Adam Friedman Wins Fifth WSOP Gold Bracelet in Event #22: $10,000 Seven Card Stud Championship

Adam Friedman

The 2022 World Series of Poker in its new home at Bally’s and Paris Las Vegas has crowned yet another repeat winner of the coveted WSOP gold bracelet. Out of a field of 96 entries in Event #22: $10,000 Seven Card Stud Championship, Adam Friedman defeated Jean "Prince" Gaspard in heads-up to secure his fifth bracelet and the biggest slice of the $885,875 prize pool.

Friedman finished Day 2 well atop the leaderboard and went wire-to-wire on the final day as he only surrendered the lead for a very short period during three-handed play. Ultimately, there was no stopping Friedman and he celebrated the victory with his parents on the rail. For his efforts, Friedman receives a top prize of $248,254 and becomes one of only 30 players to have earned at least five WSOP gold bracelets as he starts to enter some more and more exclusive territory in poker history.

Final Result Event #22: $10,000 Seven Card Stud Championship

PlaceWinnerCountryPrize (in USD)
1Adam FriedmanUnited States$248,254
2Jean GaspardUnited States$153,433
3Phil IveyUnited States$108,233
4Yuval BronshteinIsrael$78,348
5Ben DieboldUnited States$58,239
6Marco JohnsonUnited States$44,487
7James PaluszekUnited States$34,939
8Yueqi ZhuChina$28,258
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Winner's Reaction

Adam Friedman
Adam Friedman

Friedman is one of the most dedicated and now also one of the most decorated mixed games players out there and in particular, seven card stud as he talked how much this particular title means to him.

“It is a real honor to be able to win this title with the players who have won it before me. Winning the stud high means more to me than winning my fifth in total for my own personal satisfaction. This is in my top three or four events. I have played thousands upon thousands of hours of this game. I have had really bad success in this event over the last several years and to close it out in my first real shot I have had is amazing.”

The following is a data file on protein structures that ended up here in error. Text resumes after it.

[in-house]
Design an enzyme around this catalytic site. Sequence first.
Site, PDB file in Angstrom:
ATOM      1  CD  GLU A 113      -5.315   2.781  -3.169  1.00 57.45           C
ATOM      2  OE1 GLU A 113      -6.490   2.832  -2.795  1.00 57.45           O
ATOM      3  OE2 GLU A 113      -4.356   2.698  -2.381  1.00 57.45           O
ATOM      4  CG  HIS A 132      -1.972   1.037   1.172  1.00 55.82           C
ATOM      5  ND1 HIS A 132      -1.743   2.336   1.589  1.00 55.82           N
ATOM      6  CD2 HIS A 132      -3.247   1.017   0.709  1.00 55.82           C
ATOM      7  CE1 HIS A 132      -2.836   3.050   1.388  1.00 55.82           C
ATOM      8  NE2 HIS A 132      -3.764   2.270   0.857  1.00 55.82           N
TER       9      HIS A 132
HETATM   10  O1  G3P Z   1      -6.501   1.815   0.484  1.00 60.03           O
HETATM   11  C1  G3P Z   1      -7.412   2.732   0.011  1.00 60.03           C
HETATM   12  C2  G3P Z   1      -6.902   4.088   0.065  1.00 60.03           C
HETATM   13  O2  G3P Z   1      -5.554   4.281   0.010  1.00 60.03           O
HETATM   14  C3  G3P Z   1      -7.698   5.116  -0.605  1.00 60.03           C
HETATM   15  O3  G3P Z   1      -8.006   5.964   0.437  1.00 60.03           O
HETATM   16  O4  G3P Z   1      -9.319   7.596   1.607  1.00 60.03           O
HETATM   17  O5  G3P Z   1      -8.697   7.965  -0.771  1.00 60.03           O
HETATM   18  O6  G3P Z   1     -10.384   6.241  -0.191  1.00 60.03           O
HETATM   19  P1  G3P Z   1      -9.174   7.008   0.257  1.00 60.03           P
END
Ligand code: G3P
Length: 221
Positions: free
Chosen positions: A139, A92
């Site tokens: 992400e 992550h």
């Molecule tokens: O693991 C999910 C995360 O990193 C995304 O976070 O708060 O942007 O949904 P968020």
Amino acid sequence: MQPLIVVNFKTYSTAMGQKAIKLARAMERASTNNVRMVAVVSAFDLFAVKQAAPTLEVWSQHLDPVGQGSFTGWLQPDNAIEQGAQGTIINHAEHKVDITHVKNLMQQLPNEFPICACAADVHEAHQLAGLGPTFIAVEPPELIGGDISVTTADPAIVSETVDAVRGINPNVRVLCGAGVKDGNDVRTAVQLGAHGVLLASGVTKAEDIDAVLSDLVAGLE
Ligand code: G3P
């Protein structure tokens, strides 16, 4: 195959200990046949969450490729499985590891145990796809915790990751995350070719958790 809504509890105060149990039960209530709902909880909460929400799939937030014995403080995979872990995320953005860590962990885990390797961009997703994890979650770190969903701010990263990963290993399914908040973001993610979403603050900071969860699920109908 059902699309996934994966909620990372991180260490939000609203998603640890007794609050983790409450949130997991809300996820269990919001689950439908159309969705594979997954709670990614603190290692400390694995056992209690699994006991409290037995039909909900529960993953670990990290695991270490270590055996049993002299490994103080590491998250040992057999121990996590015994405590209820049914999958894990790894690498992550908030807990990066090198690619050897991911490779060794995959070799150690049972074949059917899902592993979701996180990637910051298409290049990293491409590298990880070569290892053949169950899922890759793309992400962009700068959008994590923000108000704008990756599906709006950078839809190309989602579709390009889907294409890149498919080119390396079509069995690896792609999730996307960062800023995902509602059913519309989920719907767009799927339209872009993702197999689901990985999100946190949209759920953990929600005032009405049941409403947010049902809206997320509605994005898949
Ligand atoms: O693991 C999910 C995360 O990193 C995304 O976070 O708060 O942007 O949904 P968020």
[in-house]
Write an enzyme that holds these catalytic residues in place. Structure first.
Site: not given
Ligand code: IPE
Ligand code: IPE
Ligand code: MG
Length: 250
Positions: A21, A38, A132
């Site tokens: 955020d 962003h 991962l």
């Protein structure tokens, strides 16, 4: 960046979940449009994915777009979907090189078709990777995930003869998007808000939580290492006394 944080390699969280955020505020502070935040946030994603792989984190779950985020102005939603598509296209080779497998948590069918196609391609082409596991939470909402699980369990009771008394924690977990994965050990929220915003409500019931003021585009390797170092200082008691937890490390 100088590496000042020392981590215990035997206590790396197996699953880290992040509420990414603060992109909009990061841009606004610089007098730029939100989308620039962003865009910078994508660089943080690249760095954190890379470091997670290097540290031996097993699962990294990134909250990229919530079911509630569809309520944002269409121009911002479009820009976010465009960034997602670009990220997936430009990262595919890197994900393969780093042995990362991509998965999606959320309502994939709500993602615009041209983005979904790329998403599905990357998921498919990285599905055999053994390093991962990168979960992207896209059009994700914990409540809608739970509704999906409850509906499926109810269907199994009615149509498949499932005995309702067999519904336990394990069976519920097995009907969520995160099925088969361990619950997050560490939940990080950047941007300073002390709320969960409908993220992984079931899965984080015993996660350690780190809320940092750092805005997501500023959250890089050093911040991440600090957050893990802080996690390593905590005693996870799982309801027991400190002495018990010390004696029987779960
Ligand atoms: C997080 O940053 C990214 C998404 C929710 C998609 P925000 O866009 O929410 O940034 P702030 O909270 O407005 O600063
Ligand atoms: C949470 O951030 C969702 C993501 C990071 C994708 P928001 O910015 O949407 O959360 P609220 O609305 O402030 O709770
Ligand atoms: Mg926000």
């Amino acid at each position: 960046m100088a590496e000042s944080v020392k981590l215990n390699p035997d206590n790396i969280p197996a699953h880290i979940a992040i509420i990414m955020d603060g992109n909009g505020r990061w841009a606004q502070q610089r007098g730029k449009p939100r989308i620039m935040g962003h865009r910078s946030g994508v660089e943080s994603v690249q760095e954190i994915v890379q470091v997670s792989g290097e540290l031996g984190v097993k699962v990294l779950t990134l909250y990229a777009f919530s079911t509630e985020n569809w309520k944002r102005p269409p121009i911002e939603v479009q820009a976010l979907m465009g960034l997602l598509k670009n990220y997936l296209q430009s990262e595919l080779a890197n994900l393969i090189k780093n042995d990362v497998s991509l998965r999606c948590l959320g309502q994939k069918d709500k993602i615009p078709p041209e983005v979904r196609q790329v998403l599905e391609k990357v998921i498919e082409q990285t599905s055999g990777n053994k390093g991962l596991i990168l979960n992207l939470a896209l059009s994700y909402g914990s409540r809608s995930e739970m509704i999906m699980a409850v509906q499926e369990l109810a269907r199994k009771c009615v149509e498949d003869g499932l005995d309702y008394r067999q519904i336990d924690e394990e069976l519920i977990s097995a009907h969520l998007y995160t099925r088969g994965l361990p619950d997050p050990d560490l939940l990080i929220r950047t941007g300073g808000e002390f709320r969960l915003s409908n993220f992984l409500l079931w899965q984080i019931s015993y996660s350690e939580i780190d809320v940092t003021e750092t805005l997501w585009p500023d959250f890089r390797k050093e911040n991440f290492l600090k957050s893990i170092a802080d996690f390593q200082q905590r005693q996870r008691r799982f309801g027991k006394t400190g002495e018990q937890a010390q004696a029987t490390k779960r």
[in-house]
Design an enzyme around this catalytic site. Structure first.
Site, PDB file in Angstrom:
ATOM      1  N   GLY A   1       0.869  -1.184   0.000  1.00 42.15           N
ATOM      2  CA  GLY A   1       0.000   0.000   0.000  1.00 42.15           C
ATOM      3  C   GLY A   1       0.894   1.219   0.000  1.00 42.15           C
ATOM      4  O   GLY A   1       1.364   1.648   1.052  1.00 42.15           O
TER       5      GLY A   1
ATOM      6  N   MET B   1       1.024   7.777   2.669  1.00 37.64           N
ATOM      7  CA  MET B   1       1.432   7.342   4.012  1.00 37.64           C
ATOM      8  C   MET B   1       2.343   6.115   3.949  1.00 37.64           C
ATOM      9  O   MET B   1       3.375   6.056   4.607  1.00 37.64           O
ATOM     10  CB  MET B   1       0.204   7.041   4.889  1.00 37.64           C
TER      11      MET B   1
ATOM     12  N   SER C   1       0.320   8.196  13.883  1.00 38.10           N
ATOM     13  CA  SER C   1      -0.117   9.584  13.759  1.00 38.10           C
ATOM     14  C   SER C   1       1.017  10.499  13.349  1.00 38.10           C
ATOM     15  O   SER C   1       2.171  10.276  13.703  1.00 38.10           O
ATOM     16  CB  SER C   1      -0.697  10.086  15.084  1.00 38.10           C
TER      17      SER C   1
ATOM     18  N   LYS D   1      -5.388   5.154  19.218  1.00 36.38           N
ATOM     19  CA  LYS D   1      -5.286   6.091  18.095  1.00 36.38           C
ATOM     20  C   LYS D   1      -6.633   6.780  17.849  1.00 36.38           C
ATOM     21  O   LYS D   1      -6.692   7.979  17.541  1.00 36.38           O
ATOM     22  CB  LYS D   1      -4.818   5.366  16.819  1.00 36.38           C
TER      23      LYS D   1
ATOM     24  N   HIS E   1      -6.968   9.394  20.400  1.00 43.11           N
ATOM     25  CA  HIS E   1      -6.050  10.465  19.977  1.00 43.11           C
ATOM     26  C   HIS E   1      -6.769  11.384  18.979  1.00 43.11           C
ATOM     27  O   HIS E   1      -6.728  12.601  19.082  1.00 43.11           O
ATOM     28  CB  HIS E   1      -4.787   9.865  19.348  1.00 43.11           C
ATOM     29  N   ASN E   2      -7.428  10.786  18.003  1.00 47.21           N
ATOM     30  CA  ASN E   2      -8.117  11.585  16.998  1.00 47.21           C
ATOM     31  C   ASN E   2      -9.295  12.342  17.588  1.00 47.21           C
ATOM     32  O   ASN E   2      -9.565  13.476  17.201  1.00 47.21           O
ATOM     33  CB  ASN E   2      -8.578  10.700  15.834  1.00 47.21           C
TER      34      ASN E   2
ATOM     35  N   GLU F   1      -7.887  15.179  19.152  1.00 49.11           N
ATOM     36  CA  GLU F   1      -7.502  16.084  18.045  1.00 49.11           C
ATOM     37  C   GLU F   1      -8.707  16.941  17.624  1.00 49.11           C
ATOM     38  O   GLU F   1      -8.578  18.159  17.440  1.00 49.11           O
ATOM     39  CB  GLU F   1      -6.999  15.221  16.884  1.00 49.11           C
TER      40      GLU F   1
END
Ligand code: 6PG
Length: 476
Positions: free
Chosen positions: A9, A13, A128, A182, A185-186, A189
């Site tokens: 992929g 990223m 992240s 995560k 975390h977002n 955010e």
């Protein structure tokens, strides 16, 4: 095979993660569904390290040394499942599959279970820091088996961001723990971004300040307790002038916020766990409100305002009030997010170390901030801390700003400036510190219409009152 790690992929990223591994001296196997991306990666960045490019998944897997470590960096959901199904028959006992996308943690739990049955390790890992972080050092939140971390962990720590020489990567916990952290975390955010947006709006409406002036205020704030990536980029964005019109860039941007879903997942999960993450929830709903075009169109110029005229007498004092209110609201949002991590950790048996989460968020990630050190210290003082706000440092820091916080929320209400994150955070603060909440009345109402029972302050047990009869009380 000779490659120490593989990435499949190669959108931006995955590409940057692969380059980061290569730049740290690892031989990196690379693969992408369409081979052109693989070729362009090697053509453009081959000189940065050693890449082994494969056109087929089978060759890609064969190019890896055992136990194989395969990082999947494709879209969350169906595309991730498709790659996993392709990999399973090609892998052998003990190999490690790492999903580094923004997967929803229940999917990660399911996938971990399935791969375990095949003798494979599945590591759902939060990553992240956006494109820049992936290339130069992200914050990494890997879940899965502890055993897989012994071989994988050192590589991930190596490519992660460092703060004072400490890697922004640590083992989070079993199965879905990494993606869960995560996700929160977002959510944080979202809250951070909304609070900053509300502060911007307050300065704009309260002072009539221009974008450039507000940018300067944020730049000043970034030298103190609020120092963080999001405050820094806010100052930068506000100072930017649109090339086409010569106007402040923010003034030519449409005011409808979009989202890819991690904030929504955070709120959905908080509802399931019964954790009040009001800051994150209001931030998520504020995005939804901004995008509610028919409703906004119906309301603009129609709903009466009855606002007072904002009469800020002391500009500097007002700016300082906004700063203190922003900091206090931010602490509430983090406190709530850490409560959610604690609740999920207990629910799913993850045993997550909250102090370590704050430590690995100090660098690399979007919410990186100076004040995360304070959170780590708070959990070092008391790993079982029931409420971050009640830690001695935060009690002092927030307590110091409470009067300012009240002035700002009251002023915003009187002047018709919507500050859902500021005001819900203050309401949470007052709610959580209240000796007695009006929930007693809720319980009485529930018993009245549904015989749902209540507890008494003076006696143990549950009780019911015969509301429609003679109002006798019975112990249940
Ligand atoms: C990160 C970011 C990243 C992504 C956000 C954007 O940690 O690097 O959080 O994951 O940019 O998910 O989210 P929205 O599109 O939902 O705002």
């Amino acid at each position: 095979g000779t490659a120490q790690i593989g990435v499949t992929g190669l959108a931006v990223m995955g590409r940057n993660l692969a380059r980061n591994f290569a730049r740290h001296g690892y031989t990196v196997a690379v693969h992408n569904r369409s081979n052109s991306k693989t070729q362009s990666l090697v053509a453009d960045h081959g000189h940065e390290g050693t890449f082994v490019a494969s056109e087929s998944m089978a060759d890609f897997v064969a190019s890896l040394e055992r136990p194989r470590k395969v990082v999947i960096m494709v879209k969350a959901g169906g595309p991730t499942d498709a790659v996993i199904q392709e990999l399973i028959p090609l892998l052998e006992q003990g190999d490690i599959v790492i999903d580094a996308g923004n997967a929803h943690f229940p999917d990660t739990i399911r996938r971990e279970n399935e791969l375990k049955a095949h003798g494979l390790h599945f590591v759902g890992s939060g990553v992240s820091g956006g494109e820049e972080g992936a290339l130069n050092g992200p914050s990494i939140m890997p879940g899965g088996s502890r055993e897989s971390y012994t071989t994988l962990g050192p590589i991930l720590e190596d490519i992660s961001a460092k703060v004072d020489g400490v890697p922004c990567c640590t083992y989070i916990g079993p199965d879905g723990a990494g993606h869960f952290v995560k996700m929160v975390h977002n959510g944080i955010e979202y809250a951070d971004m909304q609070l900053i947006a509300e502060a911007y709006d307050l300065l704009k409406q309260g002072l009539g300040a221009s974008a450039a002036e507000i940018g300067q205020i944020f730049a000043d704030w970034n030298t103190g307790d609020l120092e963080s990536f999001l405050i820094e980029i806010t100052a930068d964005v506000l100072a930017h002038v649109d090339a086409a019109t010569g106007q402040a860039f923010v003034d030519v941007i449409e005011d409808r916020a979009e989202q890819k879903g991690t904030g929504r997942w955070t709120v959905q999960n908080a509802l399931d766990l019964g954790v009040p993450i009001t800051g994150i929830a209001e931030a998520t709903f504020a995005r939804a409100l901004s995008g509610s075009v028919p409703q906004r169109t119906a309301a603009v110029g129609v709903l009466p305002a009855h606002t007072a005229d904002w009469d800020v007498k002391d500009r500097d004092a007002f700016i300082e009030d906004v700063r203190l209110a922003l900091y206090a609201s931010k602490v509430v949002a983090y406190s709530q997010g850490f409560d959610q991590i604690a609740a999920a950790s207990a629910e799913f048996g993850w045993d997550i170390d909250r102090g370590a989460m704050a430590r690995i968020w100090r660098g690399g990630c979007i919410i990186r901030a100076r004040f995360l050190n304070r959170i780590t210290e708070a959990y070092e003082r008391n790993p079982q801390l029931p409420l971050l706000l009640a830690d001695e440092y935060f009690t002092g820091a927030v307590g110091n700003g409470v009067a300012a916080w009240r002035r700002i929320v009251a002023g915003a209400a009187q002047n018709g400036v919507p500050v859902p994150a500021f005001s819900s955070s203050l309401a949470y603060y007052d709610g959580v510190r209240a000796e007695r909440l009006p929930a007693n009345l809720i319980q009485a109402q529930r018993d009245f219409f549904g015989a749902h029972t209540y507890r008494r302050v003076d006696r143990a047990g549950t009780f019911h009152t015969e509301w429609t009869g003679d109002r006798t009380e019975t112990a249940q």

He also added, “To win bracelets in four straight years is incredible,” alluding to the amazing run he has had in recent years to catapult himself higher up in the echelons of poker history discussions.

Friedman also promoted the game of seven card stud in his post-win interview. “Two-card poker is boring, like I keep saying. My ROI initially went down playing stud, but I was enjoying playing poker again. Seven card stud is the most complicated limit game that has ever existed. There are more nuances than almost any other two games combined. It is a beautiful game. It is really a shame that it is dying more and more each year. I think if people really gave it a shot, people would enjoy it and see all the cool things that can happen. I don’t see a seven card stud renaissance happening, but I truly hope I am wrong.”

Action of the Day

The day began at the final table of eight players, with seven of the final eight already having at least one WSOP bracelet to their name, many of them with multiple ones.

Yueqi Zhu was the first to exit after about 30 minutes, as he could not get anything going and bowed out in eighth place.

James Paluszek was the next to go in seventh place and Marco Johnson followed him out the door in sixth place just ten minutes later.

In fifth place was Ben Diebold as he was able to ladder up a couple of spots with his short stack.

From there the stacks evened out as the remaining four players had some play in their stacks. Yuval Bronshtein went out in fourth place after he had been knocking on the door of the top two stacks at one point but a string of lost pots saw him go from that high to the short stack and eventually out the door.

Phil Ivey
Phil Ivey finished in third place.

Three-handed play gathered a large rail as most of the onlookers were watching Phil Ivey aim for his eleventh bracelet. Ivey had entered the day as the shortest stack but fought tooth and nail to raise his stack to the middle and eventually last all the way till three-handed. He was able to rake in some pots three-handed to make things interesting but he would soon lose a few big pots to Friedman to kill his momentum and eventually end his bid to end his eight-year bracelet drought.

Heads-Up play would then commence as Friedman had a huge chip lead over Gaspard, who at one point was close to being neck and neck in chips with Friedman but lost some ground in three-handed play that got him down to a big chip disadvantage entering heads-up. Gaspard was not able to gain much traction as his brief resurgence was quickly squashed by Friedman who then finished it off in about 40 minutes of heads-up play.

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